OK, I won't answer. LOL!

07-12-15, 11:26 AM
The article is five years old. If any progress had been made on this front, I'm assuming we would have heard about it by now... but it seems according to Grulla that there have been no innovations in the last five years.

07-13-15, 03:23 AM
Good catch Islander. I somehow missed the date on the report. I don't think I'm in tune to look for that. As a result, I am reviewing grulla's list of dentists capable of the traditional approach of implants. It's unfortunate that the VA doesn't cover this procedure, even though it would be classified as a "Medical Condition" as far as I'm concerned, so it's out of pocket for me. The VA does offer dental insurance at slightly reduced premiums, but they will only pay 50% for implant procedures under the premium plan. With that in mind, I am considering going as a cash paying patient. Some dental facilities may offer cash discounts, leaving me unburdened with monthly premiums for having (hopefully) a one time procedure. Thanks for the info grulla.

07-13-15, 08:19 AM
"wr" and "Islander"; there have, in fact, been some recent implant improvements. Insist on zirconium implants over that of the older titanium, which is what I have. This is a matter that Mercola and some of his forum members mention occasionally.

07-13-15, 10:28 AM
The time involved to replace a lost tooth with a dental implant seems dreadfully long, and only the affluent can afford the roughly $4000 cost for a single implant. There are alternatives to replace missing teeth (and of course I know a lot of people who have never replaced missing teeth...): http://www.aaid-implant.org/dental-implant-options/non-implant-options/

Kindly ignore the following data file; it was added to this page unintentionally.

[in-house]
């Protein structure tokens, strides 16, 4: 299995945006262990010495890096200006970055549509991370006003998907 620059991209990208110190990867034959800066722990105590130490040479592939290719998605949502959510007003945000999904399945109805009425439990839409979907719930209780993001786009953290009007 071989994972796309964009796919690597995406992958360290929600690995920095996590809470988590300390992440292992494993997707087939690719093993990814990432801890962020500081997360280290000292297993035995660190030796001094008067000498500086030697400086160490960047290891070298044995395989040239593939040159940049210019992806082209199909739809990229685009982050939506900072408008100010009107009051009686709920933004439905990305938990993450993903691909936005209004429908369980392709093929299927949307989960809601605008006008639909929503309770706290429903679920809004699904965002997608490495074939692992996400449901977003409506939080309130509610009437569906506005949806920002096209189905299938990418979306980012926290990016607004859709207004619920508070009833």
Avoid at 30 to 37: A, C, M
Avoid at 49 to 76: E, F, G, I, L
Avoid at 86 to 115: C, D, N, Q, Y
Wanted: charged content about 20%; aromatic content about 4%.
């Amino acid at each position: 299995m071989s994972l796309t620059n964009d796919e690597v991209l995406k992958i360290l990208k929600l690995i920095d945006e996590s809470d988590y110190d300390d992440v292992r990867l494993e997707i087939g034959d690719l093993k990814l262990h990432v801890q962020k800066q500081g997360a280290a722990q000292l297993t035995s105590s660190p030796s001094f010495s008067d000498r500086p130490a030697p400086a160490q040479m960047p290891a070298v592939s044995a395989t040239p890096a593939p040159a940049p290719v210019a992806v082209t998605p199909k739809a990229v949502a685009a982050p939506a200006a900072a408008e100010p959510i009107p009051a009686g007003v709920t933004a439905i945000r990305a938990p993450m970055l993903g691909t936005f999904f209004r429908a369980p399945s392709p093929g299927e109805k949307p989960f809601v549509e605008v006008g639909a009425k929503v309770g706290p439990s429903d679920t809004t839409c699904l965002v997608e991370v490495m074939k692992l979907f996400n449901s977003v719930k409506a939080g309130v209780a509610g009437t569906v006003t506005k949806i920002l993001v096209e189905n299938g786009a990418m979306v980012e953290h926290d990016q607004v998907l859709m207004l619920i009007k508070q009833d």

$4000 is what it's going to cost me to put a new roof on my barn. Assuming I could reach out and put my hand on $4000 directly from the quantum foam of the space-time continuum, would I replace a lost tooth or re-roof the barn? I'll bet you can figure out what my priority is going to be....

07-14-15, 05:35 AM
I need to have a tooth removed very soon, but it won't be replaced. There is no way I could get an implant. As it is at the very back I can probably cope without it.

07-14-15, 06:36 PM
"Islander" is right, implants can be pricey. My dentist once told me that if a patient required 2,3,4, or more implants, especially in a row, the procedure could ne somewhat cheaper (by the dozen). A lot of dental patients in this part of the country go across the border to Polomas, Mexico for reasonable dental care, but I am not aware if any of those dentists in Mexico do implants. Here is an interesting link to bettereconomic tooth implanting; http://implantadvice.org/how-to-save-money-on-dental-implants/

"Julieanne" just FYI, the #30 tooth location where my current implant repair is taking place is at the very rear, next to where my wisdom tooth used to be. The above corresponding tooth above is in original and good shape, so I don't want to see it go unused.